Today, at the AGU Joint Assembly, I looked into two kinds of risk: of drought leading to civil violence and of the odds that extreme weather events may cause other types of disruption.
It’s always encouraging to see undergraduates engaged in scientific research, the more so when it is interdisciplinary. That’s what surprised me about a poster with the intriguing title, “Climate Change and Civil Violence,” which turned out to be a class project at Princeton University, stretching over three semesters, with three successive classes of students involved in the research.
The students, led by their professor, Gregory van der Vink, focused on a swath of West Africa – 21 countries from Mauritania to the Central African Republic, including most of the semi-arid Sahel region, as well as coastal forests. They looked at the likelihood that climate change, especially increasingly severe drought, will lead to civil violence in each of the countries studied. It is obviously difficult to attribute specific environmental causes to social phenomena, but the students—majoring in politics, various sciences, pre-engineering, and other fields—gave it a good try.
The choice of drought as the key climatic factor was based on the expectation that the Sahel will further dry, shortening the growing season by at least 20% over the next 40 years. Nomadic herdsmen will, for example, have to move further south or adopt a more sedentary life, or both.
Another key factor is the resiliency of the population, its ability to cope with the coming climatic changes. This factor varies considerably from country to country, the researchers found, and is related to population size, political system, natural resources, and other variables. The relative significance of each of these is difficult to assess, of course.
Bottom line: after exhaustive analysis, the students concluded that the five countries in the study that are most vulnerable to drought-induced civil violence are Nigeria, Senegal, Mali, Côte d’Ivoire, and Gambia. Of these, three—Nigeria, Senegal, and Mali—have already experienced conflicts that included an environmental factor, they say. Of the five, only Gambia has not experienced any violent conflict during the past 10 years.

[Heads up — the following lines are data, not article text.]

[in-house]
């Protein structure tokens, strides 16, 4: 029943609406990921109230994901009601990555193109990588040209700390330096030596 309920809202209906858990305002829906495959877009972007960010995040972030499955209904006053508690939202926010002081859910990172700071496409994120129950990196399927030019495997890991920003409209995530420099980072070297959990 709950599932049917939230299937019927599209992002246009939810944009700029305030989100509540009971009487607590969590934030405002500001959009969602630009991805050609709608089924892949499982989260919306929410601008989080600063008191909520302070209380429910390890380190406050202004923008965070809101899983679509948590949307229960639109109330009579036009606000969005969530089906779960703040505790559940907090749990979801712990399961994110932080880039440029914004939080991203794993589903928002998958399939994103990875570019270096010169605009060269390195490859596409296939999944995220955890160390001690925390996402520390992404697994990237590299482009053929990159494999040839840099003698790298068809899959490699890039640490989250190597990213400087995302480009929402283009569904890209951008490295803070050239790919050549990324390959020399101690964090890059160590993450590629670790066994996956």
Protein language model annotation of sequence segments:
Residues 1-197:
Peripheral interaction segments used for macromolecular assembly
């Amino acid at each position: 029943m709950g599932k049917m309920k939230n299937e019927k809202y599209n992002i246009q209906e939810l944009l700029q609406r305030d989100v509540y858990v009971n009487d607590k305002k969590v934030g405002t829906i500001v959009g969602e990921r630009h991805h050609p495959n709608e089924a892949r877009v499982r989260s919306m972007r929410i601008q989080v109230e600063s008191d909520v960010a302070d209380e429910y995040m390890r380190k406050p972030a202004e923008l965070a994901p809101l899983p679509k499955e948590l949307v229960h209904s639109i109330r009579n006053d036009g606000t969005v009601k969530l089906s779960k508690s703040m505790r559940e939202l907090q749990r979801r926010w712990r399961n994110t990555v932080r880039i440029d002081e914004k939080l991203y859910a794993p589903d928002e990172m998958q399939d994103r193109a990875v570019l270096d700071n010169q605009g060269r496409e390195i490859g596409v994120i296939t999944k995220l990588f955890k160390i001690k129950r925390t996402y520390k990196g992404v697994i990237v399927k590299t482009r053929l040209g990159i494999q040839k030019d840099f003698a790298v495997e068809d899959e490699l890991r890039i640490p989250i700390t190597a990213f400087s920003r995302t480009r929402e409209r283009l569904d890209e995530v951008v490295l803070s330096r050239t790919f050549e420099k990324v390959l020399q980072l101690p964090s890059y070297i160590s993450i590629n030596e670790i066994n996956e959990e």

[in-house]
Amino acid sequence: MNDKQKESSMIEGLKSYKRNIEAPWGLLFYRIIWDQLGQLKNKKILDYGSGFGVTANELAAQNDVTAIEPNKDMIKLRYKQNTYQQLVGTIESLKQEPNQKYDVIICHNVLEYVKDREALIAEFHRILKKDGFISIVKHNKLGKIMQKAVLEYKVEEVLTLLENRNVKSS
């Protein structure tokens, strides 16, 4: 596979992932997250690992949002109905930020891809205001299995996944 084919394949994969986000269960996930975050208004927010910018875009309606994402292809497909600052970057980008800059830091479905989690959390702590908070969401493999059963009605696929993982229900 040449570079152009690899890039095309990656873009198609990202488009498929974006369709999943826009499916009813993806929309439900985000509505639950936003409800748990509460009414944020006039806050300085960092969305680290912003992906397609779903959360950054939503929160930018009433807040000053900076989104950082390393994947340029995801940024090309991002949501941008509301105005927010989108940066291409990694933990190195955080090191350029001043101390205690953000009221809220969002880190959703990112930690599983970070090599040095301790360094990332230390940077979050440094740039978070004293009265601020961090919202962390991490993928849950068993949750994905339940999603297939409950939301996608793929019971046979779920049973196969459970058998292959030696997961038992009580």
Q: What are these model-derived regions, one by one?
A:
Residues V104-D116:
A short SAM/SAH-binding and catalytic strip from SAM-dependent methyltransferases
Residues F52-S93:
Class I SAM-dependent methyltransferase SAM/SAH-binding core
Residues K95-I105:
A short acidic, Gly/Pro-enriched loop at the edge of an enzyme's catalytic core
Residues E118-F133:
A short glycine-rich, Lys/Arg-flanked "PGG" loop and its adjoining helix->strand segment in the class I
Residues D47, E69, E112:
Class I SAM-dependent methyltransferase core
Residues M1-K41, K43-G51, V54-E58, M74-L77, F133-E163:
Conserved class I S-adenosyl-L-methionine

The study, as the students themselves note, was a preliminary effort to correlate environmental and socio-economic risk factors that could lead to civil violence. They are not predicting specific events in particular countries, but there seems little doubt that this topic is one that will assume increasing importance in coming years to policy makers and civilian populations alike, and not just in Africa.
Another kind of risk discussed at Joint Assembly was that of extreme weather events. Are such events, many people ask, caused by climate change, or, specifically, by manmade greenhouse gas emissions? While the short answer is that scientists cannot say that any particular event—a devastating hurricane, for example—resulted from rising atmospheric CO2, an effort is under way to determine whether such emissions are altering the probability of these events occurring during a given time scale.
Dáithí Stone of Oxford and Cape Town universities, UK and South Africa, described a worldwide project, just getting underway, that harnesses the power of ordinary home computers to crunch data in order to assess the changing risk. The project begins by looking backward to 1959, in order to refine the program, which will be followed by simulations of the 2006-2007 period. These simulations will then be run with manmade contribution to atmospheric greenhouse gas levels and related ocean warming removed.
Stone said, in an interview, that the risk analysis will be of the likelihood of events that could occur. If currently there is a 10-year flood, he explained, you have a 10% chance of that flood occurring in any given year during a decade. “But, because of what we are emitting, that one in ten chance may change to one in 20, or one in five, of that happening. We are not affecting the event; we are affecting the odds, like loading the dice.” It seemed an apt metaphor.
Those interested in participating in this study by offering computer time, can learn more here.
Harvey Leifert is a freelance science writer